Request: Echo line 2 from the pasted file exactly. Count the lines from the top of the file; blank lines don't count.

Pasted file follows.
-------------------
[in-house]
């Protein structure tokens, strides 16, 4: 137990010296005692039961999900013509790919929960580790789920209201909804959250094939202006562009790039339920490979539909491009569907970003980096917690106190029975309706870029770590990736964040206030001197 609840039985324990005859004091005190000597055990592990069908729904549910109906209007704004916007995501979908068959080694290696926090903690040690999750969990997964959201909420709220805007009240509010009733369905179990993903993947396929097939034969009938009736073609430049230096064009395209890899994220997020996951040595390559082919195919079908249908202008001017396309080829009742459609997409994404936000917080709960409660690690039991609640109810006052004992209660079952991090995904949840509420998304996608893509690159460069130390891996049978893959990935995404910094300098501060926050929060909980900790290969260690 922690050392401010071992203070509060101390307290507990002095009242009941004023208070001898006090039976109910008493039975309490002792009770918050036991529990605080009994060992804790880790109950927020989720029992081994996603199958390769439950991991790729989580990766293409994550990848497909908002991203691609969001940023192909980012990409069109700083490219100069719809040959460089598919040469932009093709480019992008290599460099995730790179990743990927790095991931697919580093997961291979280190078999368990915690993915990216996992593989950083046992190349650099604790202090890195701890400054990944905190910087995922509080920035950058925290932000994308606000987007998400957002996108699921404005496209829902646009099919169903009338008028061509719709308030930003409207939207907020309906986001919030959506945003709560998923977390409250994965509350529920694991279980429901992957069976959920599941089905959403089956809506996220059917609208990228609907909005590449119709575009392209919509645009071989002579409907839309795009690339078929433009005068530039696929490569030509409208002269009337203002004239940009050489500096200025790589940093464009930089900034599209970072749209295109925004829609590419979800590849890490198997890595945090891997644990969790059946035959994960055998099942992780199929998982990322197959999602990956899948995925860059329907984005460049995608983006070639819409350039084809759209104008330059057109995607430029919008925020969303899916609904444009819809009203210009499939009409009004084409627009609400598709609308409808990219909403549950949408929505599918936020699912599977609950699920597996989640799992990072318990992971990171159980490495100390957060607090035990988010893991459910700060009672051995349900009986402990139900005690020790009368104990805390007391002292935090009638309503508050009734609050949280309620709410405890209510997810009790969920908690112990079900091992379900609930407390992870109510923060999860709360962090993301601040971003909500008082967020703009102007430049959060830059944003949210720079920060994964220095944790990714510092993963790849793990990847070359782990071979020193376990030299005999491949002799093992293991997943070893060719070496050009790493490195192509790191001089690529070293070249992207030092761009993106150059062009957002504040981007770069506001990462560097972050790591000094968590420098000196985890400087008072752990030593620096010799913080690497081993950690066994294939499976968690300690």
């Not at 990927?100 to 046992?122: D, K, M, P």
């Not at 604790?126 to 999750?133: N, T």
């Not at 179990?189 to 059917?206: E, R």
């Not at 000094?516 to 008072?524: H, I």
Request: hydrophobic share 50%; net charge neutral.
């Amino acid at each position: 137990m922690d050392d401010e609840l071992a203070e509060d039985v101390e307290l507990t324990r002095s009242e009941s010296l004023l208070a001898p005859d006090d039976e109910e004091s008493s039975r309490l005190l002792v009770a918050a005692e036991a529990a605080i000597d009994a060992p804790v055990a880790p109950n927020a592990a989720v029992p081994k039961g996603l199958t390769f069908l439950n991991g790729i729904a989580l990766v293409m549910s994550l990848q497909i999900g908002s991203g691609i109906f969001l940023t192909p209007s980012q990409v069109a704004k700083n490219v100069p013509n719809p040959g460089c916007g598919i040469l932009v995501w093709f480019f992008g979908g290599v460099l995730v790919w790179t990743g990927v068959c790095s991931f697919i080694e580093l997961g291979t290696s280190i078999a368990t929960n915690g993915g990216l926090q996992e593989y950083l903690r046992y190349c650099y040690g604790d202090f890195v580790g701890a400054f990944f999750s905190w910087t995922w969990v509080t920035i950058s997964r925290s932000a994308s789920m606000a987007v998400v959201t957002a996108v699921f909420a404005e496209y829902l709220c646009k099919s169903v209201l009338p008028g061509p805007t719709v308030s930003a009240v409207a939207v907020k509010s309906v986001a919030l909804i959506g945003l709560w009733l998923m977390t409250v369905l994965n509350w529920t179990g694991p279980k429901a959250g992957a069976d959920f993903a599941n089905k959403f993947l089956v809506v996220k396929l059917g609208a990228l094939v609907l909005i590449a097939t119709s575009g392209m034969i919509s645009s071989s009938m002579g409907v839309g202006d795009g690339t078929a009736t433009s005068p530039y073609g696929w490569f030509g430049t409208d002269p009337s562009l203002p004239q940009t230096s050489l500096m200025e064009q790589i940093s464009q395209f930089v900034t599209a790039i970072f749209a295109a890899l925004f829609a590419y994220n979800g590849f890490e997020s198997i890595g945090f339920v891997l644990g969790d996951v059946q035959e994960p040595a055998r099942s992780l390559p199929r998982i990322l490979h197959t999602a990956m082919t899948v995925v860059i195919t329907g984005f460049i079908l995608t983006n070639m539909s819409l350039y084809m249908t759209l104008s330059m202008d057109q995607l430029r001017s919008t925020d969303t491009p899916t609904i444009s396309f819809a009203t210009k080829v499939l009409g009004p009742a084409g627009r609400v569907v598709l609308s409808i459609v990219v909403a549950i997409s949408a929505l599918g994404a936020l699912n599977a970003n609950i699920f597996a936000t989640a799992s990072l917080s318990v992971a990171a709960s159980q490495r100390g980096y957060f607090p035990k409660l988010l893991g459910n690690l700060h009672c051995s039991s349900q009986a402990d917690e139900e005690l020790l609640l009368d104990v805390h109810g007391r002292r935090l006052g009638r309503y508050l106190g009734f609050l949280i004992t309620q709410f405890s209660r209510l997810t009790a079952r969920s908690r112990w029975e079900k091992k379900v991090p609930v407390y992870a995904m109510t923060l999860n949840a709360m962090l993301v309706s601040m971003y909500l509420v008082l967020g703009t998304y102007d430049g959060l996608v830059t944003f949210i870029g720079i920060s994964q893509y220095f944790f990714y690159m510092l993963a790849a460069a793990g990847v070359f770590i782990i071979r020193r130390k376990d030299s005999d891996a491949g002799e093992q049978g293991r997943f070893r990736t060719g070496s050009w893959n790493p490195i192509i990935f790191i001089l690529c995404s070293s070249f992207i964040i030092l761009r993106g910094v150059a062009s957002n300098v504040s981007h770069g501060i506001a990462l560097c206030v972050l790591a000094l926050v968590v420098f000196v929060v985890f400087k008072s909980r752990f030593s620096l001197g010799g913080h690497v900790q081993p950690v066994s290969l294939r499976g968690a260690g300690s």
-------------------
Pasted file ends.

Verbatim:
């Protein structure tokens, strides 16, 4: 137990010296005692039961999900013509790919929960580790789920209201909804959250094939202006562009790039339920490979539909491009569907970003980096917690106190029975309706870029770590990736964040206030001197 609840039985324990005859004091005190000597055990592990069908729904549910109906209007704004916007995501979908068959080694290696926090903690040690999750969990997964959201909420709220805007009240509010009733369905179990993903993947396929097939034969009938009736073609430049230096064009395209890899994220997020996951040595390559082919195919079908249908202008001017396309080829009742459609997409994404936000917080709960409660690690039991609640109810006052004992209660079952991090995904949840509420998304996608893509690159460069130390891996049978893959990935995404910094300098501060926050929060909980900790290969260690 922690050392401010071992203070509060101390307290507990002095009242009941004023208070001898006090039976109910008493039975309490002792009770918050036991529990605080009994060992804790880790109950927020989720029992081994996603199958390769439950991991790729989580990766293409994550990848497909908002991203691609969001940023192909980012990409069109700083490219100069719809040959460089598919040469932009093709480019992008290599460099995730790179990743990927790095991931697919580093997961291979280190078999368990915690993915990216996992593989950083046992190349650099604790202090890195701890400054990944905190910087995922509080920035950058925290932000994308606000987007998400957002996108699921404005496209829902646009099919169903009338008028061509719709308030930003409207939207907020309906986001919030959506945003709560998923977390409250994965509350529920694991279980429901992957069976959920599941089905959403089956809506996220059917609208990228609907909005590449119709575009392209919509645009071989002579409907839309795009690339078929433009005068530039696929490569030509409208002269009337203002004239940009050489500096200025790589940093464009930089900034599209970072749209295109925004829609590419979800590849890490198997890595945090891997644990969790059946035959994960055998099942992780199929998982990322197959999602990956899948995925860059329907984005460049995608983006070639819409350039084809759209104008330059057109995607430029919008925020969303899916609904444009819809009203210009499939009409009004084409627009609400598709609308409808990219909403549950949408929505599918936020699912599977609950699920597996989640799992990072318990992971990171159980490495100390957060607090035990988010893991459910700060009672051995349900009986402990139900005690020790009368104990805390007391002292935090009638309503508050009734609050949280309620709410405890209510997810009790969920908690112990079900091992379900609930407390992870109510923060999860709360962090993301601040971003909500008082967020703009102007430049959060830059944003949210720079920060994964220095944790990714510092993963790849793990990847070359782990071979020193376990030299005999491949002799093992293991997943070893060719070496050009790493490195192509790191001089690529070293070249992207030092761009993106150059062009957002504040981007770069506001990462560097972050790591000094968590420098000196985890400087008072752990030593620096010799913080690497081993950690066994294939499976968690300690």